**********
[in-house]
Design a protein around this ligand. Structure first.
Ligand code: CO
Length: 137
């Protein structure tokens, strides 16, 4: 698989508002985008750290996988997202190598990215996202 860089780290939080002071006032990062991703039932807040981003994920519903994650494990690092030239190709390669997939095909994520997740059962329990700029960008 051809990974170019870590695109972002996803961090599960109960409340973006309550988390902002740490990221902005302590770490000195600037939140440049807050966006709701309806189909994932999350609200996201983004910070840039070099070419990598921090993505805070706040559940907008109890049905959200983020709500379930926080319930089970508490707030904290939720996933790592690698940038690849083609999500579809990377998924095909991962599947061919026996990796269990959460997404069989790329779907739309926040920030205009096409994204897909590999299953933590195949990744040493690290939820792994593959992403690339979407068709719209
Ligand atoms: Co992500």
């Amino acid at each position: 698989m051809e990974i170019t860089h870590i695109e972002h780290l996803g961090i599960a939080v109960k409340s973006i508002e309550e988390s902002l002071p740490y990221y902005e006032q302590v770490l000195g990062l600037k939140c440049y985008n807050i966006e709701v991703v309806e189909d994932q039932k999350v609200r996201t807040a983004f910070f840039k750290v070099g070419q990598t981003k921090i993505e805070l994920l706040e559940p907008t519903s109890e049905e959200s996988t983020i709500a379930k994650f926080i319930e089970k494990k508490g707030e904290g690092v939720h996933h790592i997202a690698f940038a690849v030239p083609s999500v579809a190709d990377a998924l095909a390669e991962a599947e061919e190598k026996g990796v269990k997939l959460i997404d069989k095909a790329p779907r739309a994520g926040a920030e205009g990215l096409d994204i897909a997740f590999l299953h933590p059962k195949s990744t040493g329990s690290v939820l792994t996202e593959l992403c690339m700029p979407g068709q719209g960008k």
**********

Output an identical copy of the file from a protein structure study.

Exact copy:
[in-house]
Design a protein around this ligand. Structure first.
Ligand code: CO
Length: 137
């Protein structure tokens, strides 16, 4: 698989508002985008750290996988997202190598990215996202 860089780290939080002071006032990062991703039932807040981003994920519903994650494990690092030239190709390669997939095909994520997740059962329990700029960008 051809990974170019870590695109972002996803961090599960109960409340973006309550988390902002740490990221902005302590770490000195600037939140440049807050966006709701309806189909994932999350609200996201983004910070840039070099070419990598921090993505805070706040559940907008109890049905959200983020709500379930926080319930089970508490707030904290939720996933790592690698940038690849083609999500579809990377998924095909991962599947061919026996990796269990959460997404069989790329779907739309926040920030205009096409994204897909590999299953933590195949990744040493690290939820792994593959992403690339979407068709719209
Ligand atoms: Co992500």
């Amino acid at each position: 698989m051809e990974i170019t860089h870590i695109e972002h780290l996803g961090i599960a939080v109960k409340s973006i508002e309550e988390s902002l002071p740490y990221y902005e006032q302590v770490l000195g990062l600037k939140c440049y985008n807050i966006e709701v991703v309806e189909d994932q039932k999350v609200r996201t807040a983004f910070f840039k750290v070099g070419q990598t981003k921090i993505e805070l994920l706040e559940p907008t519903s109890e049905e959200s996988t983020i709500a379930k994650f926080i319930e089970k494990k508490g707030e904290g690092v939720h996933h790592i997202a690698f940038a690849v030239p083609s999500v579809a190709d990377a998924l095909a390669e991962a599947e061919e190598k026996g990796v269990k997939l959460i997404d069989k095909a790329p779907r739309a994520g926040a920030e205009g990215l096409d994204i897909a997740f590999l299953h933590p059962k195949s990744t040493g329990s690290v939820l792994t996202e593959l992403c690339m700029p979407g068709q719209g960008k």